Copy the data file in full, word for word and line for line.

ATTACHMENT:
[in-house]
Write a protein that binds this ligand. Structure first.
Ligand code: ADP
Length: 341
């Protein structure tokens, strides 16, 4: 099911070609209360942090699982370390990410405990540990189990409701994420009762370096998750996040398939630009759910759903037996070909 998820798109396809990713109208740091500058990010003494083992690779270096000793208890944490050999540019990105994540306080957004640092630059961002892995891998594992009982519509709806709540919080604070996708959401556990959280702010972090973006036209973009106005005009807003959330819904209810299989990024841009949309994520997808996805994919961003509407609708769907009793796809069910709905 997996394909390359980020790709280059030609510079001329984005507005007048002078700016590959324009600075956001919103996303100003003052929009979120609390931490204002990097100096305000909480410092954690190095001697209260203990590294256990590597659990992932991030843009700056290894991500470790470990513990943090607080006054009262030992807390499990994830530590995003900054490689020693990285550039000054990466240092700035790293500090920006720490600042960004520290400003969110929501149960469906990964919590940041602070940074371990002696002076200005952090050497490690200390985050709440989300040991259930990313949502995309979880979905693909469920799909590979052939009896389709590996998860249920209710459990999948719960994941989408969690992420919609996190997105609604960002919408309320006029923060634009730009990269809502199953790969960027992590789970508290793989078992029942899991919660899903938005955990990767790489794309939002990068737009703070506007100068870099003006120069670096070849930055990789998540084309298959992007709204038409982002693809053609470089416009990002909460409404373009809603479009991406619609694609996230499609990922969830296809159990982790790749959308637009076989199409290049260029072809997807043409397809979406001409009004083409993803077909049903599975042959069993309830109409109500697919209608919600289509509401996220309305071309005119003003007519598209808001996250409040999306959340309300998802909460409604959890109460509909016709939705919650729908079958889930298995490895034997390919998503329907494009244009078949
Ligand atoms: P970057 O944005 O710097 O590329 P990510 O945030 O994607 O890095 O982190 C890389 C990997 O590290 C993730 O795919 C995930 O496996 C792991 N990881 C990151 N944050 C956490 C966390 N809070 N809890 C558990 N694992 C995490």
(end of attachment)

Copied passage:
[in-house]
Write a protein that binds this ligand. Structure first.
Ligand code: ADP
Length: 341
């Protein structure tokens, strides 16, 4: 099911070609209360942090699982370390990410405990540990189990409701994420009762370096998750996040398939630009759910759903037996070909 998820798109396809990713109208740091500058990010003494083992690779270096000793208890944490050999540019990105994540306080957004640092630059961002892995891998594992009982519509709806709540919080604070996708959401556990959280702010972090973006036209973009106005005009807003959330819904209810299989990024841009949309994520997808996805994919961003509407609708769907009793796809069910709905 997996394909390359980020790709280059030609510079001329984005507005007048002078700016590959324009600075956001919103996303100003003052929009979120609390931490204002990097100096305000909480410092954690190095001697209260203990590294256990590597659990992932991030843009700056290894991500470790470990513990943090607080006054009262030992807390499990994830530590995003900054490689020693990285550039000054990466240092700035790293500090920006720490600042960004520290400003969110929501149960469906990964919590940041602070940074371990002696002076200005952090050497490690200390985050709440989300040991259930990313949502995309979880979905693909469920799909590979052939009896389709590996998860249920209710459990999948719960994941989408969690992420919609996190997105609604960002919408309320006029923060634009730009990269809502199953790969960027992590789970508290793989078992029942899991919660899903938005955990990767790489794309939002990068737009703070506007100068870099003006120069670096070849930055990789998540084309298959992007709204038409982002693809053609470089416009990002909460409404373009809603479009991406619609694609996230499609990922969830296809159990982790790749959308637009076989199409290049260029072809997807043409397809979406001409009004083409993803077909049903599975042959069993309830109409109500697919209608919600289509509401996220309305071309005119003003007519598209808001996250409040999306959340309300998802909460409604959890109460509909016709939705919650729908079958889930298995490895034997390919998503329907494009244009078949
Ligand atoms: P970057 O944005 O710097 O590329 P990510 O945030 O994607 O890095 O982190 C890389 C990997 O590290 C993730 O795919 C995930 O496996 C792991 N990881 C990151 N944050 C956490 C966390 N809070 N809890 C558990 N694992 C995490």